Three score and three years ago our city planners brought forth on the former marshes of the Potomac River a monument, dedicated to the proposition that Abraham Lincoln should have a memorial at the end of the Mall and conceived in the hope that it would'nt sink into the mud and its visitors wouldn't be eaten alive by mosquitoes.

To keep the memorial from sinking, a huge hidden cavern of cement and steel columns was constructed, like flying buttresses in a midieval cathedral, on top of an even deeper underground structure of 122 cement columns reaching another 60 feet down to bedrock.

It is here in the damp, Stygian darkness, where stalactites now are nine feet long and the World War I cartoon drawings of construction workers are still scrawled on the walls, that the "other" tour of the Lincoln Memorial begins.

"It isn't anything fantastic like the Lurray Caverns," National Park Service Ranger Jim Burgess warned a group of 15 flashlightoting visitors earlier this month on the first of the new nighttime underground tours. "But it's a side of the Lincoln Memorial you don't often see." It is also the only underground tour in the Nation's Capital, certainly the only one with stalactites and stalagmites.

A partial glimpse of what holds up the 175-ton statue of Lincoln and the solid marble temple that surrounds it was afforded tourists last year when the Park Service built an elevator for the handicapped inside the base of the memorial. The park official in charge of Bicentennial events, Leroy Rowell, suggested putting a window in the wall to show tourists the huge underground cavern.

The view apparently whetted the appetites of spelunkers and those who like off-beat tours. A few trial underground runs last April convinced the Park Service to make it a regularly scheduled event. The tours are now held twice weekly, on Wednesday and Thursday nights, but reservations are required since only 15 persons - in old clothes and good shape - can go on a tour.

It is not a trip for the aged or handicapped since about 50 three-foot, cement-encased steel beams must be clambered over in dark, dank, 80-degree heat in order to see stalactites and stalagmites beneath the plaza facing the Reflecting Pool. The thousands of icicle-like stalactites, formed by water dripping through the monument's marble steps, are called "soda straws" because they are hollow and about the thickness of a straw even when 9 feet long or longer.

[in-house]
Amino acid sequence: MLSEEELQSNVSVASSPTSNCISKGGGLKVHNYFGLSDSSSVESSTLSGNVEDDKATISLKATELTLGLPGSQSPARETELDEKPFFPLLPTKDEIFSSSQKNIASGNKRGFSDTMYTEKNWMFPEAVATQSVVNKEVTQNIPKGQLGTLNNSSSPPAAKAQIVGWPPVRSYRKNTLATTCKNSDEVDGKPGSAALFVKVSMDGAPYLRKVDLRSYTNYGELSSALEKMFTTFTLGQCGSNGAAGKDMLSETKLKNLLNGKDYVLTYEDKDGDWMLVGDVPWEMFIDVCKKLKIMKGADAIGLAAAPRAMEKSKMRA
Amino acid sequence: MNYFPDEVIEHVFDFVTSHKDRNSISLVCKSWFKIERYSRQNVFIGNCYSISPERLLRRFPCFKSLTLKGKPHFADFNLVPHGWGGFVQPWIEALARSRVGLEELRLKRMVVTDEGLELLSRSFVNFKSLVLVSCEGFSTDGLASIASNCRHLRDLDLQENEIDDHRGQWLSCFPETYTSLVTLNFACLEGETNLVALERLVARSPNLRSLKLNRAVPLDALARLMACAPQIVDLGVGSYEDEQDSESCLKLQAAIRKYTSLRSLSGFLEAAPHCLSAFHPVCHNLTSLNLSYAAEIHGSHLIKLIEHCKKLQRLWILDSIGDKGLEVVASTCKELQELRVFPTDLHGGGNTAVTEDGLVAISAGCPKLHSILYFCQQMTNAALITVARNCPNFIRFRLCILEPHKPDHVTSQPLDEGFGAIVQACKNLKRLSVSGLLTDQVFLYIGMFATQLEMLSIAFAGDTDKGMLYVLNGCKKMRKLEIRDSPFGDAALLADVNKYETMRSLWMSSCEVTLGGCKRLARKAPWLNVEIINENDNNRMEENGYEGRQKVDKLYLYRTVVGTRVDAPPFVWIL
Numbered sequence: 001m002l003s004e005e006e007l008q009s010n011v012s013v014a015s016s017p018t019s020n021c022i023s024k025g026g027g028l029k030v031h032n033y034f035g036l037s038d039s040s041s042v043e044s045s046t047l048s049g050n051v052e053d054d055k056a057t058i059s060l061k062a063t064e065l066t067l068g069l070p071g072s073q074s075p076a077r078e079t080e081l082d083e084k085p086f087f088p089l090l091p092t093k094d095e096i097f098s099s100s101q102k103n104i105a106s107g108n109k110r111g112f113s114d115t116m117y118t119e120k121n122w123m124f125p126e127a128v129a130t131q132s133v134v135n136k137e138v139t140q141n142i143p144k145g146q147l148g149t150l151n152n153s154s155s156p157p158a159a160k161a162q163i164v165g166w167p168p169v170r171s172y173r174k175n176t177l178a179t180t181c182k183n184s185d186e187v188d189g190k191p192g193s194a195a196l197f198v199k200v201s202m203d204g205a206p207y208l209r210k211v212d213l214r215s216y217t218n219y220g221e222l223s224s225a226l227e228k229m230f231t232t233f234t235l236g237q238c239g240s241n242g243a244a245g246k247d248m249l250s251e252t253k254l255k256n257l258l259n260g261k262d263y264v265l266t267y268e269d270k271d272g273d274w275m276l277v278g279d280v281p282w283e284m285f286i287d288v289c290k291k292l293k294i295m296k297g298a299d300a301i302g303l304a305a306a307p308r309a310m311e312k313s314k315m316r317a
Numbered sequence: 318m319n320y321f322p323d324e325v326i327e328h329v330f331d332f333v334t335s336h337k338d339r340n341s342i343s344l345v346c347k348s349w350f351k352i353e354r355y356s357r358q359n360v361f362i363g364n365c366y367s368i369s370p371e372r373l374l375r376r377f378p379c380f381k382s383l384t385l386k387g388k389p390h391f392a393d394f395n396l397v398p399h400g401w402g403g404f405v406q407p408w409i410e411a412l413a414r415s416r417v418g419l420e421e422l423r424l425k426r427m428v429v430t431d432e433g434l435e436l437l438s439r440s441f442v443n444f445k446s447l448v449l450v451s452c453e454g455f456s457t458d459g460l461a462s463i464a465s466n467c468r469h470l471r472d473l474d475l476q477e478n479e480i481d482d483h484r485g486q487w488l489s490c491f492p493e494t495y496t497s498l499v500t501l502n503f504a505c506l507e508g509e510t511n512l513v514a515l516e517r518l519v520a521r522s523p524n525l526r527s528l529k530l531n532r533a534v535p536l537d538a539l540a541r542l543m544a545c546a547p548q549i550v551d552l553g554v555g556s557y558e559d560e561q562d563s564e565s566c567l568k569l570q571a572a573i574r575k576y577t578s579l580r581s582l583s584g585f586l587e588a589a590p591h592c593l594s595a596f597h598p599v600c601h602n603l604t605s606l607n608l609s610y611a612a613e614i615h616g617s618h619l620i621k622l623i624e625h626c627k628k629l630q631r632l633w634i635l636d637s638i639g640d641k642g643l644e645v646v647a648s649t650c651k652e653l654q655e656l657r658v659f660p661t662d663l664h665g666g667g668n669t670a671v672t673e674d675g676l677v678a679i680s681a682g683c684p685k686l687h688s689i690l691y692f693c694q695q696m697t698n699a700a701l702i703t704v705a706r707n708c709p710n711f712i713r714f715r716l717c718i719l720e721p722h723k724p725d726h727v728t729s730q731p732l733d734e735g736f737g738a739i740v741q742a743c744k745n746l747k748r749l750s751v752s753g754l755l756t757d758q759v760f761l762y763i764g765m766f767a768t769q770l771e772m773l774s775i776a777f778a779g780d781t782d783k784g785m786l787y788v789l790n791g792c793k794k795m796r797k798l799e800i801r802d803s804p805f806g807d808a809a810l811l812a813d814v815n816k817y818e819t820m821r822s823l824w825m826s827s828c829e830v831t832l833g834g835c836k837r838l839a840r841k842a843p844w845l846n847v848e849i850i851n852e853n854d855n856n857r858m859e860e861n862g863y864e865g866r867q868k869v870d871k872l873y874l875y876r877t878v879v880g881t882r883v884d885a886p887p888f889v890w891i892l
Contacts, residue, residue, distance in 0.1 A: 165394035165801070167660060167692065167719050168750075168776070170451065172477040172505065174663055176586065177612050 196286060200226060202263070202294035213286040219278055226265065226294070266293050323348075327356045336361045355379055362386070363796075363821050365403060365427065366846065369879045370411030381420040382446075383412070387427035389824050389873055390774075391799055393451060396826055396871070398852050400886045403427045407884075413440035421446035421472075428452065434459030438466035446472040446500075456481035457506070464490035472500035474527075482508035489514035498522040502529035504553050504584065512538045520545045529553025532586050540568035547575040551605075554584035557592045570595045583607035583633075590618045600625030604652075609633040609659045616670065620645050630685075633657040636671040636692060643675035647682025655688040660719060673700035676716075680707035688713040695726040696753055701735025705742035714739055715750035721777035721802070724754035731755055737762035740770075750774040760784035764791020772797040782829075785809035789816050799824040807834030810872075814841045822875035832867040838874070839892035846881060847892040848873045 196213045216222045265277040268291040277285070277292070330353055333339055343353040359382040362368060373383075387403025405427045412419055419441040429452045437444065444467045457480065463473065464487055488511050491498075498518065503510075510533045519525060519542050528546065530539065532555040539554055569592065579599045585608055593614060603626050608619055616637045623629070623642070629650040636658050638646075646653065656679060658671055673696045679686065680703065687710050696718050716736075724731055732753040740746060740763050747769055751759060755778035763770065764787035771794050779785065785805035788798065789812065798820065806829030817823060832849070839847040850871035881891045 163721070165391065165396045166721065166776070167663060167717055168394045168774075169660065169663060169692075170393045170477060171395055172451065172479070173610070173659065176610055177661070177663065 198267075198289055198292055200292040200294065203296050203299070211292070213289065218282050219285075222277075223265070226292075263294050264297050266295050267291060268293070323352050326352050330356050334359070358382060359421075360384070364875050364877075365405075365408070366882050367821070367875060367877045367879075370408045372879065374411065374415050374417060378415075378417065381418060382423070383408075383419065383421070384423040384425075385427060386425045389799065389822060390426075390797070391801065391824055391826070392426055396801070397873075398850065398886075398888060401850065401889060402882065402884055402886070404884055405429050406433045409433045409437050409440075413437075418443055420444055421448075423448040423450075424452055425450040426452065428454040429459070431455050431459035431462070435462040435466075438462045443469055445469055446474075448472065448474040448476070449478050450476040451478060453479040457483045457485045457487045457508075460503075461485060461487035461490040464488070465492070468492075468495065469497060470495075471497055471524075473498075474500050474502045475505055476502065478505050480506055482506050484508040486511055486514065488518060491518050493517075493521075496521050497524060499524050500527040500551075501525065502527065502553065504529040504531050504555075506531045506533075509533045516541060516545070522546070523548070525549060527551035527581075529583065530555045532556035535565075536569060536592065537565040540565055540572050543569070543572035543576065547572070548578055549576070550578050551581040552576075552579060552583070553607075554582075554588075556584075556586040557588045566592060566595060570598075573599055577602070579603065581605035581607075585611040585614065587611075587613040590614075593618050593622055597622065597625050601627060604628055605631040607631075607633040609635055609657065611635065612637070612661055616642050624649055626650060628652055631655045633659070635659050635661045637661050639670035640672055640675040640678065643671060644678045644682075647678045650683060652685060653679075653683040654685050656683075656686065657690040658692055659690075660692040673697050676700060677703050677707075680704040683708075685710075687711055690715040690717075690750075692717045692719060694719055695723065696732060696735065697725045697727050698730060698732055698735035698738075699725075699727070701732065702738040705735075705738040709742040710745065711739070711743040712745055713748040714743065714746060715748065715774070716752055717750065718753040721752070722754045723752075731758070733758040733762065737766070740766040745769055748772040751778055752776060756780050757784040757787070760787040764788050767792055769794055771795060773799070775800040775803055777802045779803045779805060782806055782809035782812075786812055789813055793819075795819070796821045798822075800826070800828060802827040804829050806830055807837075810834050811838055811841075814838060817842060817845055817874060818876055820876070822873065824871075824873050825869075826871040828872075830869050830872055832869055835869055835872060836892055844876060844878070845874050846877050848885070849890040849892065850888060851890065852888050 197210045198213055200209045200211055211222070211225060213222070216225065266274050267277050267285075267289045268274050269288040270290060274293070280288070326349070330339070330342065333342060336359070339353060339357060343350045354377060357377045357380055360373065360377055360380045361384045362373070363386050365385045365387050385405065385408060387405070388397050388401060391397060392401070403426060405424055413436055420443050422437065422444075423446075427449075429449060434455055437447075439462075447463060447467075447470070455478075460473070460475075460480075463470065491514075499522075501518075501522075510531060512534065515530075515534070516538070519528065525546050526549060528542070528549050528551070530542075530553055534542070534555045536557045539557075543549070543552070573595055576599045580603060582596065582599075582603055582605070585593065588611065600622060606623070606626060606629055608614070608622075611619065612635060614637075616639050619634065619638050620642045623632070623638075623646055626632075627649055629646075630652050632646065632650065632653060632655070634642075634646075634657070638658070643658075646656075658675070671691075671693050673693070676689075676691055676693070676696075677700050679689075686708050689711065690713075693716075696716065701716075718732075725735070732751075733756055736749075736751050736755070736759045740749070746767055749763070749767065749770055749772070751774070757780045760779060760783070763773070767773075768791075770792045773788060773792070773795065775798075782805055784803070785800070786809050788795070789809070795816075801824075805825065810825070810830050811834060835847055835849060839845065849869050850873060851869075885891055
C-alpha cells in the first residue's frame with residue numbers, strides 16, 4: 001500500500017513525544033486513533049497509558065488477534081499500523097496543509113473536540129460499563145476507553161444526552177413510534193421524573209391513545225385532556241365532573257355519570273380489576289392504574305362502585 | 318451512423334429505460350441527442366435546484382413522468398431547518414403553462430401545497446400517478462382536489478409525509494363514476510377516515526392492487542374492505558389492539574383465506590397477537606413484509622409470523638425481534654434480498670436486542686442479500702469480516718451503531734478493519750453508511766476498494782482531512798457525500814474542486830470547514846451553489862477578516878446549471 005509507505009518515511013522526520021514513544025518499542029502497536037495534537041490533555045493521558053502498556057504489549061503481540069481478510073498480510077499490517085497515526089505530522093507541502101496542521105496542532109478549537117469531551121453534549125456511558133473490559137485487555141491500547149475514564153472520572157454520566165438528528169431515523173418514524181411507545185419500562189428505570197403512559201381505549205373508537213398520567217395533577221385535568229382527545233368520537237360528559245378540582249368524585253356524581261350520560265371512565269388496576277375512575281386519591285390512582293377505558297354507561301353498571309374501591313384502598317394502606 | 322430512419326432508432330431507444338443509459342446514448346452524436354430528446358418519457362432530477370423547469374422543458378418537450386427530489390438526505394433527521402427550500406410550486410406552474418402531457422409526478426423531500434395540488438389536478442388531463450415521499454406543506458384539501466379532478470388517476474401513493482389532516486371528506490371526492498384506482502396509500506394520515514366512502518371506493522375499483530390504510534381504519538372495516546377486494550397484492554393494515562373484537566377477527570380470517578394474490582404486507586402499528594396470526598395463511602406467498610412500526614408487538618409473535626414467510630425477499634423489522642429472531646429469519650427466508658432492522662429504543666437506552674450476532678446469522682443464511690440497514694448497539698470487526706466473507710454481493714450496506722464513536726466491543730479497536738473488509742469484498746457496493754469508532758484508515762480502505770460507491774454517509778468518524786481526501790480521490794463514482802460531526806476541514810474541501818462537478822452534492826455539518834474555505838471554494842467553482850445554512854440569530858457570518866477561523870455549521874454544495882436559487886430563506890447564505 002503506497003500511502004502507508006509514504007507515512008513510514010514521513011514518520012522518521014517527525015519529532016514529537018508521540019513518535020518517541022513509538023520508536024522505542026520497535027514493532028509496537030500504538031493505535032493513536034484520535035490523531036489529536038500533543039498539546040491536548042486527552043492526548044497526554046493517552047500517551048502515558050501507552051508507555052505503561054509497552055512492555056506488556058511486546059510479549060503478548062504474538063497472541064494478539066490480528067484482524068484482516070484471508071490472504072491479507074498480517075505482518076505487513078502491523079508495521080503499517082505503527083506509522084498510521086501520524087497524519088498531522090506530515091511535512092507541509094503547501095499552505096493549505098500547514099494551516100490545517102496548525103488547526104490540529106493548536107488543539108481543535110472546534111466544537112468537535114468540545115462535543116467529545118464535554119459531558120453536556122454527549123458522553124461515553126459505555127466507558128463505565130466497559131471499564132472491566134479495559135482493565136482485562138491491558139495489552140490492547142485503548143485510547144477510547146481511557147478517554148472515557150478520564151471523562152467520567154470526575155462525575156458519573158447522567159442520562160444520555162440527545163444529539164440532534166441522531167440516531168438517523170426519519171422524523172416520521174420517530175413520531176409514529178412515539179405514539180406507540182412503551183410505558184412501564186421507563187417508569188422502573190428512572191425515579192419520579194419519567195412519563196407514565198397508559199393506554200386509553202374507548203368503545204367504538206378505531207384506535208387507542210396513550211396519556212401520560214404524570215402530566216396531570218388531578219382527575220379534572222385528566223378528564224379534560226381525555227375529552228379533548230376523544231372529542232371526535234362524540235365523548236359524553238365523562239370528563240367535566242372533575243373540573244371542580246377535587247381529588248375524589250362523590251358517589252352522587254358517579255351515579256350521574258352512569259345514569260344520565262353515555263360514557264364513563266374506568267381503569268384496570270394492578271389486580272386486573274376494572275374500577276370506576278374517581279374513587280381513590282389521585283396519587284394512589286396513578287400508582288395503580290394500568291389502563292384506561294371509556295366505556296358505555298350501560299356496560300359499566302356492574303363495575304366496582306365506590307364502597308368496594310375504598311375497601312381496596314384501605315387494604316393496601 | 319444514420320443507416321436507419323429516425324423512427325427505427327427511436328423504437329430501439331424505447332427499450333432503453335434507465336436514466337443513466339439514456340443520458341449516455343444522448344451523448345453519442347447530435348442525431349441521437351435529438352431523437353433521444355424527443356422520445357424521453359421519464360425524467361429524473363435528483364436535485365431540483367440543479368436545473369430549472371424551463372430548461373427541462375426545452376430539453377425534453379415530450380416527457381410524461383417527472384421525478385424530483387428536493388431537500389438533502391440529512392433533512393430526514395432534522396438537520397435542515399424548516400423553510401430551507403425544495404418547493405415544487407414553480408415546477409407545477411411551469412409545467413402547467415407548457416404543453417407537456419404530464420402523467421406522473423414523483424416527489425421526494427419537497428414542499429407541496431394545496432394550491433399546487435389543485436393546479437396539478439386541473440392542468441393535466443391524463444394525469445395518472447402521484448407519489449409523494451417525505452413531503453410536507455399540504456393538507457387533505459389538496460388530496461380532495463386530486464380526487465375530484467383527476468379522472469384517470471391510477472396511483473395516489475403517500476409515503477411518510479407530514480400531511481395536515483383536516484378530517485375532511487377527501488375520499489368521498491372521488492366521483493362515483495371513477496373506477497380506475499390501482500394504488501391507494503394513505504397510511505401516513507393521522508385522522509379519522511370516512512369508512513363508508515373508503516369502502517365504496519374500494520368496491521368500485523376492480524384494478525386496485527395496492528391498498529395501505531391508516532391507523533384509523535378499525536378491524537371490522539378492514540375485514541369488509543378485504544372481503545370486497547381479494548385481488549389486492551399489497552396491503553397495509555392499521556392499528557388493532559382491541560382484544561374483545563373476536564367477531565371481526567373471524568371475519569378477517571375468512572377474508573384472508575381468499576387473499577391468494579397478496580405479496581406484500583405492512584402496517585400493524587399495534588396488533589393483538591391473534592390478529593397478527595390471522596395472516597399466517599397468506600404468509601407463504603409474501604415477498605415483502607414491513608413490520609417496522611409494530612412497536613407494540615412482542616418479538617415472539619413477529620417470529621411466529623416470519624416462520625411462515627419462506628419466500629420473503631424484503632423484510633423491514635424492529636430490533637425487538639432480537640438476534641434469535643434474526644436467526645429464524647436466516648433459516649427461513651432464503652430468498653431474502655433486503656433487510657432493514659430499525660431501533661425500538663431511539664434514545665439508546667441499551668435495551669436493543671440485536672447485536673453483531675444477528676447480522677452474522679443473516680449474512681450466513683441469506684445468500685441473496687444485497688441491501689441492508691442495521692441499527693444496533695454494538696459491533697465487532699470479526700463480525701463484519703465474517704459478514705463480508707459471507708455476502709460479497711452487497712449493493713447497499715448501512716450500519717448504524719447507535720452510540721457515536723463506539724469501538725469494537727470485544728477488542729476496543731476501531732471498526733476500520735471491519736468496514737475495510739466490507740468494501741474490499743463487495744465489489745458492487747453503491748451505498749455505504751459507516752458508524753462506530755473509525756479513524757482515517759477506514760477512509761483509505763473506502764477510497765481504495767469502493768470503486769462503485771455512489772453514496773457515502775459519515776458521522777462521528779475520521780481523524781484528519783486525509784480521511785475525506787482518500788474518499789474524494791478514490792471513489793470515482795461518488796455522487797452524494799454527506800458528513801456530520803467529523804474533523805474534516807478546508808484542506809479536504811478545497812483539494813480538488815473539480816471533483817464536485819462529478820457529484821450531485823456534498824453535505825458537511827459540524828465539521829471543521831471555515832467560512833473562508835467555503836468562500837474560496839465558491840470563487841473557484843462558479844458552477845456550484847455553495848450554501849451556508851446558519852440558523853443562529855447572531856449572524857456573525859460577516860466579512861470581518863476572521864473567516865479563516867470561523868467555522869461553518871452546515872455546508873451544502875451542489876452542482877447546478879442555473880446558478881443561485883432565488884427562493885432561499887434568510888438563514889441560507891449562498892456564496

"If you want to get deeper into caving, you can one of the grottoes of the National Speleological Society." Ranger Burgess told his perspiring group.

Besides the soda straws and their companion stalagmites on the ground, which look like fried eggs at first and after 50 years like castles in the sand, the highlights of the underground tour are the huge columns themselves and the grafittl which adorns them.

"We have here what appears to be some doodles by an artistic but unidentified construction worker. This is either Mutt and Jeff or William Howard Taft and Henry Bacon, the chairman of the memorial commission and the architect, probably done between 1914 and 1922 during the construction period," said Ranger Burgess.

"This lovely drawing in top hat and cigarette holder is of Woodrow Wilson. President from 1913 to 1921, and this one, which you'll see in a number of places, we think is the construction foreman."

"Are there any bats down here," a voice asked in the dark behind Ranger Burgess? "There are bats upstairs taround the monument but not down here. However, there are spiders, moths and other bugs that live in the total darkness," Burgess said, flashing his lights on a small web overhead.

"The spider web was what fascinated me," said Irmgard Svenson outside the memorial after the hour-long trip was over. "We have been here eight years and want to see everything we can of Washington, up and down," said her husband. Erik. "I've come away with a new respect for the construction of the memorial."

Jim Dougherty, a young Capitol Hill attorney who heard the tour being touted on a 3 a.m. jazz program and pedaled down for the night tour on his bicycle, said "it was fascinating, like a dark closet."

the tours have been booked for the rest of October but November dates are still available, according to Ranger Burgess. Reservation can be made by calling the Park Service's Mall operations headquarters at 426-6841.